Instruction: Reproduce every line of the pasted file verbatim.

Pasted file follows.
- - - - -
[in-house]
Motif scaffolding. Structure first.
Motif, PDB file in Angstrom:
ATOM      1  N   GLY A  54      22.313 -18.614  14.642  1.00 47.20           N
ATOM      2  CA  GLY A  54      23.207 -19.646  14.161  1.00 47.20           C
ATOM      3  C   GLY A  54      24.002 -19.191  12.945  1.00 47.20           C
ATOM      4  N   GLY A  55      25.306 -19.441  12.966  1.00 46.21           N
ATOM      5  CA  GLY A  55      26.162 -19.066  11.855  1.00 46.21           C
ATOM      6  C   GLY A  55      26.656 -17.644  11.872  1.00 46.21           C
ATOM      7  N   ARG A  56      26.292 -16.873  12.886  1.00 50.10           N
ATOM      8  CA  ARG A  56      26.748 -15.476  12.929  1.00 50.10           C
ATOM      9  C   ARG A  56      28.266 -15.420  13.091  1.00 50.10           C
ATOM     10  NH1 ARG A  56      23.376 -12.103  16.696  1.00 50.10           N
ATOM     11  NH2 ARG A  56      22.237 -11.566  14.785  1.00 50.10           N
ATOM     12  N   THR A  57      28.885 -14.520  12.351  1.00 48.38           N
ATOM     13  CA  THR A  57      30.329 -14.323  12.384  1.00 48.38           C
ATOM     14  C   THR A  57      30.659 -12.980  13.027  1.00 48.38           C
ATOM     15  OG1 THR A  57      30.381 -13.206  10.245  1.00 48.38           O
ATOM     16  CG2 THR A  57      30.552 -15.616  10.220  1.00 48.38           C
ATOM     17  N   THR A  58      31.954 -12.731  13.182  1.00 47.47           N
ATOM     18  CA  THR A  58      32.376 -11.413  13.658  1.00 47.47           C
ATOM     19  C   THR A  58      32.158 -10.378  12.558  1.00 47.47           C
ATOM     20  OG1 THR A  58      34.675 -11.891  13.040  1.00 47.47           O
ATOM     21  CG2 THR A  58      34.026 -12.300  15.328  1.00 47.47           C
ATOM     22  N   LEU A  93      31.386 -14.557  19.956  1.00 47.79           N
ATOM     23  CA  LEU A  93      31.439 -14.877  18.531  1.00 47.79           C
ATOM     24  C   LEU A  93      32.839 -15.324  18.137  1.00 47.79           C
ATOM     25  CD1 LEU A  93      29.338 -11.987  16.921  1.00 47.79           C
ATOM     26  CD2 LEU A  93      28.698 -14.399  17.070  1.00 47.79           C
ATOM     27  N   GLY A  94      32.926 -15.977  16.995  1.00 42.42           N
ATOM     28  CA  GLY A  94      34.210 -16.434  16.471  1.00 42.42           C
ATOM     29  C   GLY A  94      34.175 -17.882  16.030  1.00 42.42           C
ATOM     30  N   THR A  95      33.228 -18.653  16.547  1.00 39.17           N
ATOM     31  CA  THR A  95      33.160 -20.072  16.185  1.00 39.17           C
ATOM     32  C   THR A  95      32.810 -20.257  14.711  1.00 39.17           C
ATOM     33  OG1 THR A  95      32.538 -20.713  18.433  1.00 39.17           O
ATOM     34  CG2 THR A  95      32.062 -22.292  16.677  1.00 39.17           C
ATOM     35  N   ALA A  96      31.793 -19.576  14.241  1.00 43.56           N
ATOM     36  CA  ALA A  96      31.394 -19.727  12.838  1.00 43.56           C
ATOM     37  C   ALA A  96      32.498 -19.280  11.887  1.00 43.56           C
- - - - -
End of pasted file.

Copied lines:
[in-house]
Motif scaffolding. Structure first.
Motif, PDB file in Angstrom:
ATOM      1  N   GLY A  54      22.313 -18.614  14.642  1.00 47.20           N
ATOM      2  CA  GLY A  54      23.207 -19.646  14.161  1.00 47.20           C
ATOM      3  C   GLY A  54      24.002 -19.191  12.945  1.00 47.20           C
ATOM      4  N   GLY A  55      25.306 -19.441  12.966  1.00 46.21           N
ATOM      5  CA  GLY A  55      26.162 -19.066  11.855  1.00 46.21           C
ATOM      6  C   GLY A  55      26.656 -17.644  11.872  1.00 46.21           C
ATOM      7  N   ARG A  56      26.292 -16.873  12.886  1.00 50.10           N
ATOM      8  CA  ARG A  56      26.748 -15.476  12.929  1.00 50.10           C
ATOM      9  C   ARG A  56      28.266 -15.420  13.091  1.00 50.10           C
ATOM     10  NH1 ARG A  56      23.376 -12.103  16.696  1.00 50.10           N
ATOM     11  NH2 ARG A  56      22.237 -11.566  14.785  1.00 50.10           N
ATOM     12  N   THR A  57      28.885 -14.520  12.351  1.00 48.38           N
ATOM     13  CA  THR A  57      30.329 -14.323  12.384  1.00 48.38           C
ATOM     14  C   THR A  57      30.659 -12.980  13.027  1.00 48.38           C
ATOM     15  OG1 THR A  57      30.381 -13.206  10.245  1.00 48.38           O
ATOM     16  CG2 THR A  57      30.552 -15.616  10.220  1.00 48.38           C
ATOM     17  N   THR A  58      31.954 -12.731  13.182  1.00 47.47           N
ATOM     18  CA  THR A  58      32.376 -11.413  13.658  1.00 47.47           C
ATOM     19  C   THR A  58      32.158 -10.378  12.558  1.00 47.47           C
ATOM     20  OG1 THR A  58      34.675 -11.891  13.040  1.00 47.47           O
ATOM     21  CG2 THR A  58      34.026 -12.300  15.328  1.00 47.47           C
ATOM     22  N   LEU A  93      31.386 -14.557  19.956  1.00 47.79           N
ATOM     23  CA  LEU A  93      31.439 -14.877  18.531  1.00 47.79           C
ATOM     24  C   LEU A  93      32.839 -15.324  18.137  1.00 47.79           C
ATOM     25  CD1 LEU A  93      29.338 -11.987  16.921  1.00 47.79           C
ATOM     26  CD2 LEU A  93      28.698 -14.399  17.070  1.00 47.79           C
ATOM     27  N   GLY A  94      32.926 -15.977  16.995  1.00 42.42           N
ATOM     28  CA  GLY A  94      34.210 -16.434  16.471  1.00 42.42           C
ATOM     29  C   GLY A  94      34.175 -17.882  16.030  1.00 42.42           C
ATOM     30  N   THR A  95      33.228 -18.653  16.547  1.00 39.17           N
ATOM     31  CA  THR A  95      33.160 -20.072  16.185  1.00 39.17           C
ATOM     32  C   THR A  95      32.810 -20.257  14.711  1.00 39.17           C
ATOM     33  OG1 THR A  95      32.538 -20.713  18.433  1.00 39.17           O
ATOM     34  CG2 THR A  95      32.062 -22.292  16.677  1.00 39.17           C
ATOM     35  N   ALA A  96      31.793 -19.576  14.241  1.00 43.56           N
ATOM     36  CA  ALA A  96      31.394 -19.727  12.838  1.00 43.56           C
ATOM     37  C   ALA A  96      32.498 -19.280  11.887  1.00 43.56           C